My watch list  

Schistosoma japonicum

Schistosoma japonicum
Scientific classification
Kingdom: Animalia
Phylum: Platyhelminthes
Class: Trematoda
Subclass: Digenea
Order: Strigeidida
Genus: Schistosoma
Species: S. japonicum
Binomial name
Schistosoma japonicum
(Katsurada, 1904)

Schistosoma japonicum is an important parasite and one of the major infectious agents of schistosomiasis.This parasite has a very wide host range, infecting at least 31 species of wild mammals, including 9 carnivores, 16 rodents, one primate, two insectivores and three artiodactyls and therefore it can be considered a true zoonosis.



The S. japonicum worms are yellow or yellow-brown. The males of this species are slightly larger than the other Schistosomes and they measure ~ 1.2cm by 0.5 mm. The females measure 2cm by 0.4 mm. The adult worms are longer and narrower than the related S. mansoni worms.

By electron microscopy there are no bosses or spines on the dorsal surface of the male, which is ridged and presents a spongy appearance. Many spines cover the inner surface of the oral sucker and extend to the pharyngeal opening. The oral sucker shows a rim with spines of variable size and sharpness inward and outward from the rim. The ventral sucker possesses many spines which are smaller than in the oral sucker. The lining of the gynecophoric canal is roughened by minute spines. The integument of the female is ridged and pitted and possesses fewer spines than in the oral sucker, the ventral sucker, and the gynecophoric canal of the male. Anterior to the acetabulum, the integumental surfaces are devoid of spines. However, in the other areas, spines are equally distributed except for the vicinity of the excretory pore.

The ova are about 55 - 85 mm by 40 - 60 mm, oval with a minute lateral spine or knob.

Life Cycle

The life cycles of S. japonicum and S. mansoni are very similar. In brief, eggs of the parasite are released in the feces and if they come in contact with water they hatch into free-swimming larva, called miracidia. The larva then has to infect a snail of the species Oncomelaria hupensis within one or two days. Inside the snail, the larva undergo asexual reproduction through a series of stages called sporocysts. After the asexual reproduction stage cercaria (another free-swimming larva) are generated in large quantities, which then leave (shed into the environment) the snail and must infect a suitable vertebrate host. Once the cercaria penetrates the skin of the host it loses its tail and becomes a schistosomule. The worms then migrate through the circulation ending at the mesenteric veins where they mate and start laying eggs. Each pair desposits around 1500 – 3500 eggs per day in the vessels of the intestinal wall. The eggs infiltrate through the tissues and are passed in the feces.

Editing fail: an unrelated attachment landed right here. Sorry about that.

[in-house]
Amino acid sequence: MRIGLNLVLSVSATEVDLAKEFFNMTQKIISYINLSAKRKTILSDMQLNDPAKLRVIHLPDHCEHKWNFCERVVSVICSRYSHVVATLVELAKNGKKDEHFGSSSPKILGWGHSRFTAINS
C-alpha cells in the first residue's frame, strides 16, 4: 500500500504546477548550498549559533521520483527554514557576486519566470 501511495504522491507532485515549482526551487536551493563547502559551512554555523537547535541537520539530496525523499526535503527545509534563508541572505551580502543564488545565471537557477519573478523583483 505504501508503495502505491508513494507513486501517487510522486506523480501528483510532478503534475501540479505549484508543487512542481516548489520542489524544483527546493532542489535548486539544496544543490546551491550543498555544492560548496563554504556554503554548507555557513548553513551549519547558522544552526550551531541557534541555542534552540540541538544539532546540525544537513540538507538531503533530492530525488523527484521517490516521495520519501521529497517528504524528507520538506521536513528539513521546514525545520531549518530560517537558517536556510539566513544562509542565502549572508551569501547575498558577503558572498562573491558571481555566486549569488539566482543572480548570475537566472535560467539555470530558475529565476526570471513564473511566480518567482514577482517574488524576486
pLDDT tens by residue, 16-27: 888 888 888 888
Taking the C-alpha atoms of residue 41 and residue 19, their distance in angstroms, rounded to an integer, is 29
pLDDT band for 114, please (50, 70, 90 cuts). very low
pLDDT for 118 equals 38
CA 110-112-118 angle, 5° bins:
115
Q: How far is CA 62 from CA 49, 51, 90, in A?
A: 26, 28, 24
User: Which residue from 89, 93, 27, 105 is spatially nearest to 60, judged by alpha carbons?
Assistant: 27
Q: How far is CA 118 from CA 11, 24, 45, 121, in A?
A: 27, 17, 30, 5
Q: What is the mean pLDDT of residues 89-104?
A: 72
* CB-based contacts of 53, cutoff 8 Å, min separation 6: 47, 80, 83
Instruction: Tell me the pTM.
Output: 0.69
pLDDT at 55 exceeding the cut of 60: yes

Microscopic identification of eggs in stool or urine is the most practical method for diagnosis. Stool examination should be performed when infection with S. mansoni or S. japonicum is suspected, and urine examination should be performed if S. haematobium is suspected.

Eggs can be present in the stool in infections with all Schistosoma species. The examination can be performed on a simple smear (1 to 2 mg of fecal material). Since eggs may be passed intermittently or in small amounts, their detection will be enhanced by repeated examinations and/or concentration procedures (such as the formalin - ethyl acetate technique). In addition, for field surveys and investigational purposes, the egg output can be quantified by using the Kato-Katz technique (20 to 50 mg of fecal material) or the Ritchie technique.

Eggs can be found in the urine in infections with S. haematobium (recommended time for collection: between noon and 3 PM) and with S. japonicum. Detection will be enhanced by centrifugation and examination of the sediment. Quantification is possible by using filtration through a Nucleopore membrane of a standard volume of urine followed by egg counts on the membrane. Tissue biopsy (rectal biopsy for all species and biopsy of the bladder for S. haematobium) may demonstrate eggs when stool or urine examinations are negative.


The chemotherapy of choice is praziquantel, a quinolone derivative. Praziquantel is generally administered in an oral form in one or two doses from 40-60 mg/kg body weight.

This article is licensed under the GNU Free Documentation License. It uses material from the Wikipedia article "Schistosoma_japonicum". A list of authors is available in Wikipedia.
Your browser is not current. Microsoft Internet Explorer 6.0 does not support some functions on Chemie.DE